Colossal storm threatens chaotic holiday travel across Ontario

A ferocious storm moving over the Great Lakes will lead to chaotic travel for the long holiday weekend across Ontario.

Heavy snowfall, potentially damaging winds, blizzard conditions, and a flash freeze are all hazards from this long-duration event.

Beware the potential for extensive power outages, road and business closures, and flight cancellations and delays. School boards across the Greater Toronto Area (GTA) and National Capital Region announced some school closures Friday ahead of the storm.

Winter storm warnings cover almost all of southern and eastern Ontario as we head into the main event on Friday. Blizzard warnings are in effect for much of the Huron shores, as well as a portion of the Niagara Peninsula.

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Thursday night: Conditions deteriorate

Conditions will steadily deteriorate across the province overnight Thursday as the centre of this powerful low-pressure system moves into the heart of the Great Lakes region.

Northern and northeastern Ontario will see snowfall increase in coverage and intensity heading into the nighttime hours on Thursday.


Southern Ontario will see rain increase across the region into Thursday night. Temperatures in the lower single digits should keep precipitation mostly rain for southern Ontario through the overnight hours.

Conditions overnight will be much trickier toward Ottawa, however, where colder temperatures are already locked in place.

This batch of colder air across the National Capital Region will allow for a period of heavy snowfall during the wee morning hours Friday. Ottawa could see 10-15 cm of snow before precipitation changes over to rain Friday morning, potentially snarling the region’s commute.

Friday: Threat for a flash freeze

WATCH: What is a flash freeze, and why is it so dangerous?

The weather you wake up to on Friday will feel like a completely different universe compared to the conditions you’ll endure by the middle of the afternoon.

Friday’s high temperature will occur early in the morning as commuters and travelers start the day with readings in the lower single digits. That won’t last long, though, as cold air wrapping around the low sends temperatures plummeting.


Readings will rapidly fall below freezing as the cold front roars over the region, allowing wet surfaces to ice over and become slick in a hurry.

A flash freeze is possible, posing a significant threat to the safety of motorists caught on the roads during and after the temperature drop.


For the Greater Toronto Area (GTA) and southern Ontario, rain will transition to snow as temperatures fall through late morning, lunchtime, and beyond.

While the GTA won’t have to deal with major snow accumulations, the number of folks traveling to areas dealing with dangerous conditions makes it critical to be aware of what’s happening throughout the region.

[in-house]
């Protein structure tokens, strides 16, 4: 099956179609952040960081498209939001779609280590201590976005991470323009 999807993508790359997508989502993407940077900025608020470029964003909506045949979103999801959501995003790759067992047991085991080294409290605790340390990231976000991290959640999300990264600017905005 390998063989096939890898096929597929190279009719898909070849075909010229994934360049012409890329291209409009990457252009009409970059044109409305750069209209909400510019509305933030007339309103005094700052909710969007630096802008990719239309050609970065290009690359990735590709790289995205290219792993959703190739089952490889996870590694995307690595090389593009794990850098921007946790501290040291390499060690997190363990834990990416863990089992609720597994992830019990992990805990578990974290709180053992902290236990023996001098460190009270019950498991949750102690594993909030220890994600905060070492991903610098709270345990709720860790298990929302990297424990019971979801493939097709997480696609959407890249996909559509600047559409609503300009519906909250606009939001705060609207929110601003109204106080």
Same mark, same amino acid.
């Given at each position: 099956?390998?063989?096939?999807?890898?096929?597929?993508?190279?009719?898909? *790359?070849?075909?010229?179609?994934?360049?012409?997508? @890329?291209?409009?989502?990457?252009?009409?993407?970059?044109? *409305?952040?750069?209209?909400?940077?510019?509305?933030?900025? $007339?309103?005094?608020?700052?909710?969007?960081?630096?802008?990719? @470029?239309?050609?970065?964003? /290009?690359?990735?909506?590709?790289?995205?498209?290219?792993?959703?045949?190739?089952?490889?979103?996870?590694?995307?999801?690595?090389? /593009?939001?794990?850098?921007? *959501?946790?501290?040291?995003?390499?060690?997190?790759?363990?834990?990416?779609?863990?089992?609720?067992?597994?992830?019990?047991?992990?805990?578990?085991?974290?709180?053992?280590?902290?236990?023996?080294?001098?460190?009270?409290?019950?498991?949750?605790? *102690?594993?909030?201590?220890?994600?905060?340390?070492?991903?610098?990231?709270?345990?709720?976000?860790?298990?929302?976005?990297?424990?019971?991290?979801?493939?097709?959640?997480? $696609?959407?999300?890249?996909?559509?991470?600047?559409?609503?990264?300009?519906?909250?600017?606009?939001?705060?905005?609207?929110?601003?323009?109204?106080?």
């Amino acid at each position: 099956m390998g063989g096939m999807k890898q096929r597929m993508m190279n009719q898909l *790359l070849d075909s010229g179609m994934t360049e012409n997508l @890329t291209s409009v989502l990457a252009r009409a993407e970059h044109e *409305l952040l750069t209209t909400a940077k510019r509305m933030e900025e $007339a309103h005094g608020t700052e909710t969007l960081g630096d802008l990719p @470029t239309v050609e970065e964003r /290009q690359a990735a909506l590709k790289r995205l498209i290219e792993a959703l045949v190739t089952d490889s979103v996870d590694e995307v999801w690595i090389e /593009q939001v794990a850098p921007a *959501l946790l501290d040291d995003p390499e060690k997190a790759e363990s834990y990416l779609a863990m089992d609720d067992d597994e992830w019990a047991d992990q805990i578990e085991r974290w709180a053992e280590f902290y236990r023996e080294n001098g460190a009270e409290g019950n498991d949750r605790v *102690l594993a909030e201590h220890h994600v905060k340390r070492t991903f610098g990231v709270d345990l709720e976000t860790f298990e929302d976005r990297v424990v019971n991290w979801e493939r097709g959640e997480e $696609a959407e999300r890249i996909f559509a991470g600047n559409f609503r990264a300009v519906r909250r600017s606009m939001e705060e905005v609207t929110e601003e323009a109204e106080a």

Those frigid temperatures will blow into Ontario on powerful winds that could lead to damage and power outages across the province.

Wind gusts will intensify throughout the day Friday as this powerful and dynamic system exerts its influence on the region. Lakeshore communities along Huron, Erie, and Ontario could see gusts exceed 90 km/h, with widespread gusts of 70-80+ km/h across the rest of southern Ontario.

In addition to the risk for power outages and damage, these intense winds could lead to blizzard conditions and whiteouts across areas dealing with snowfall.

Visibility can change rapidly during high winds and heavy snowfall. This is the kind of setup that can leave travelers stranded on the roads—no small threat when it’s going to be this cold and windy.


Powerful southwesterly winds across the lakes will also lead to large waves, as well as a risk for ice shoves and ice buildup along the shoreline.

Saturday (Christmas Eve): Howling winds and intense snow squalls

Howling winds will continue across Ontario through Saturday, giving rise to intense snow squalls across the traditional snowbelts.

Intense lake-enhanced snow squalls are likely off Lake Huron, Georgian Bay, and Lake Erie. Road closures are likely as heavy snowfall combines with powerful winds up to 100 km/h to lead to widespread whiteout conditions.

Regions caught beneath these snow squalls could see 50-75cm of snow by the end of the weekend. Exact measurements will be tricky due snow blowing and drifting in the high winds.


Sunday (Christmas Day): Conditions improve as the system moves east

Christmas Day itself is looking much better across the bulk of Ontario’s population centres as the storm lifts north and east out of the province.

Snow squalls will remain a threat for the snowbelts and some communities near Lakes Erie and Ontario. This lake-effect snow could meander and push through southern Ontario at times through the day Sunday.


Check the forecast if you plan to travel on Christmas Day to see if there is any chance of encountering snow squalls on your route. The squalls will continue through the day, slowly winding down into Boxing Day on Monday.

WATCH: Your questions about holiday storm answered by our meteorologists

Check back for the latest on the forecast across southern Ontario.